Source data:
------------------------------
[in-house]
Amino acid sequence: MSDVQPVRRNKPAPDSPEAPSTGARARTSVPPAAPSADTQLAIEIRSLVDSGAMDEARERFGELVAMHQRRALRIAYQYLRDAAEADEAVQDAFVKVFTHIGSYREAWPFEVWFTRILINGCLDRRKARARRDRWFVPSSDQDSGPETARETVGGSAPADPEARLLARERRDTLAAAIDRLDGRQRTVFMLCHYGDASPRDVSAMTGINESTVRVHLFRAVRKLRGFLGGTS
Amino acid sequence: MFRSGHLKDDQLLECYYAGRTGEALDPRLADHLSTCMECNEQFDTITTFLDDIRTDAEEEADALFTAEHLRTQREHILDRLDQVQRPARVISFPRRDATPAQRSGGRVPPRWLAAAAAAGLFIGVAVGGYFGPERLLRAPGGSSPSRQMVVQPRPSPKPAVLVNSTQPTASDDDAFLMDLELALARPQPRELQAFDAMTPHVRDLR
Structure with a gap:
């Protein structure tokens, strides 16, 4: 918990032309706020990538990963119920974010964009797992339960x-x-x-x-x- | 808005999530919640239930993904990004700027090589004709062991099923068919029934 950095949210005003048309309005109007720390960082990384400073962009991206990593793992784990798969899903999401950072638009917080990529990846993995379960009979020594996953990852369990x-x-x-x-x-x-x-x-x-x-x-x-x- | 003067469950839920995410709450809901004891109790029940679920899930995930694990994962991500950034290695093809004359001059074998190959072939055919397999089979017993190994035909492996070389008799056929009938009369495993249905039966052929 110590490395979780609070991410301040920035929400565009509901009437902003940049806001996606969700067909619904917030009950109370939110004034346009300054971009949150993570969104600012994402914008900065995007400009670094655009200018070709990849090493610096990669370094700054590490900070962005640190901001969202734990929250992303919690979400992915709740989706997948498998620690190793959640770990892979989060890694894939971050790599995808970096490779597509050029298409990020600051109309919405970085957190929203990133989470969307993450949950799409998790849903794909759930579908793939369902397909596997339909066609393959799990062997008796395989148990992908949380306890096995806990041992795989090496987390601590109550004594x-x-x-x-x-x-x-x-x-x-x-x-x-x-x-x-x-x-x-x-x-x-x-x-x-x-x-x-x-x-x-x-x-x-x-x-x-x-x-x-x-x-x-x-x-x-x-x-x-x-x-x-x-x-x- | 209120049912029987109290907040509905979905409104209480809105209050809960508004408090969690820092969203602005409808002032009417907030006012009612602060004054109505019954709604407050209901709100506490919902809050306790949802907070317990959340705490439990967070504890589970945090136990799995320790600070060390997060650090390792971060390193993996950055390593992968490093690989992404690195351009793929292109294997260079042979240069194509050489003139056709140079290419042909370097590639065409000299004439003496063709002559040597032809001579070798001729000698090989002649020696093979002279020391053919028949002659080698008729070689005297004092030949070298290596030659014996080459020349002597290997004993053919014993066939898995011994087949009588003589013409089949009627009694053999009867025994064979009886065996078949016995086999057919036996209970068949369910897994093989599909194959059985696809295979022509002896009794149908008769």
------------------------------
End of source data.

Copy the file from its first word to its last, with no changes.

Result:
[in-house]
Amino acid sequence: MSDVQPVRRNKPAPDSPEAPSTGARARTSVPPAAPSADTQLAIEIRSLVDSGAMDEARERFGELVAMHQRRALRIAYQYLRDAAEADEAVQDAFVKVFTHIGSYREAWPFEVWFTRILINGCLDRRKARARRDRWFVPSSDQDSGPETARETVGGSAPADPEARLLARERRDTLAAAIDRLDGRQRTVFMLCHYGDASPRDVSAMTGINESTVRVHLFRAVRKLRGFLGGTS
Amino acid sequence: MFRSGHLKDDQLLECYYAGRTGEALDPRLADHLSTCMECNEQFDTITTFLDDIRTDAEEEADALFTAEHLRTQREHILDRLDQVQRPARVISFPRRDATPAQRSGGRVPPRWLAAAAAAGLFIGVAVGGYFGPERLLRAPGGSSPSRQMVVQPRPSPKPAVLVNSTQPTASDDDAFLMDLELALARPQPRELQAFDAMTPHVRDLR
Structure with a gap:
């Protein structure tokens, strides 16, 4: 918990032309706020990538990963119920974010964009797992339960x-x-x-x-x- | 808005999530919640239930993904990004700027090589004709062991099923068919029934 950095949210005003048309309005109007720390960082990384400073962009991206990593793992784990798969899903999401950072638009917080990529990846993995379960009979020594996953990852369990x-x-x-x-x-x-x-x-x-x-x-x-x- | 003067469950839920995410709450809901004891109790029940679920899930995930694990994962991500950034290695093809004359001059074998190959072939055919397999089979017993190994035909492996070389008799056929009938009369495993249905039966052929 110590490395979780609070991410301040920035929400565009509901009437902003940049806001996606969700067909619904917030009950109370939110004034346009300054971009949150993570969104600012994402914008900065995007400009670094655009200018070709990849090493610096990669370094700054590490900070962005640190901001969202734990929250992303919690979400992915709740989706997948498998620690190793959640770990892979989060890694894939971050790599995808970096490779597509050029298409990020600051109309919405970085957190929203990133989470969307993450949950799409998790849903794909759930579908793939369902397909596997339909066609393959799990062997008796395989148990992908949380306890096995806990041992795989090496987390601590109550004594x-x-x-x-x-x-x-x-x-x-x-x-x-x-x-x-x-x-x-x-x-x-x-x-x-x-x-x-x-x-x-x-x-x-x-x-x-x-x-x-x-x-x-x-x-x-x-x-x-x-x-x-x-x-x- | 209120049912029987109290907040509905979905409104209480809105209050809960508004408090969690820092969203602005409808002032009417907030006012009612602060004054109505019954709604407050209901709100506490919902809050306790949802907070317990959340705490439990967070504890589970945090136990799995320790600070060390997060650090390792971060390193993996950055390593992968490093690989992404690195351009793929292109294997260079042979240069194509050489003139056709140079290419042909370097590639065409000299004439003496063709002559040597032809001579070798001729000698090989002649020696093979002279020391053919028949002659080698008729070689005297004092030949070298290596030659014996080459020349002597290997004993053919014993066939898995011994087949009588003589013409089949009627009694053999009867025994064979009886065996078949016995086999057919036996209970068949369910897994093989599909194959059985696809295979022509002896009794149908008769």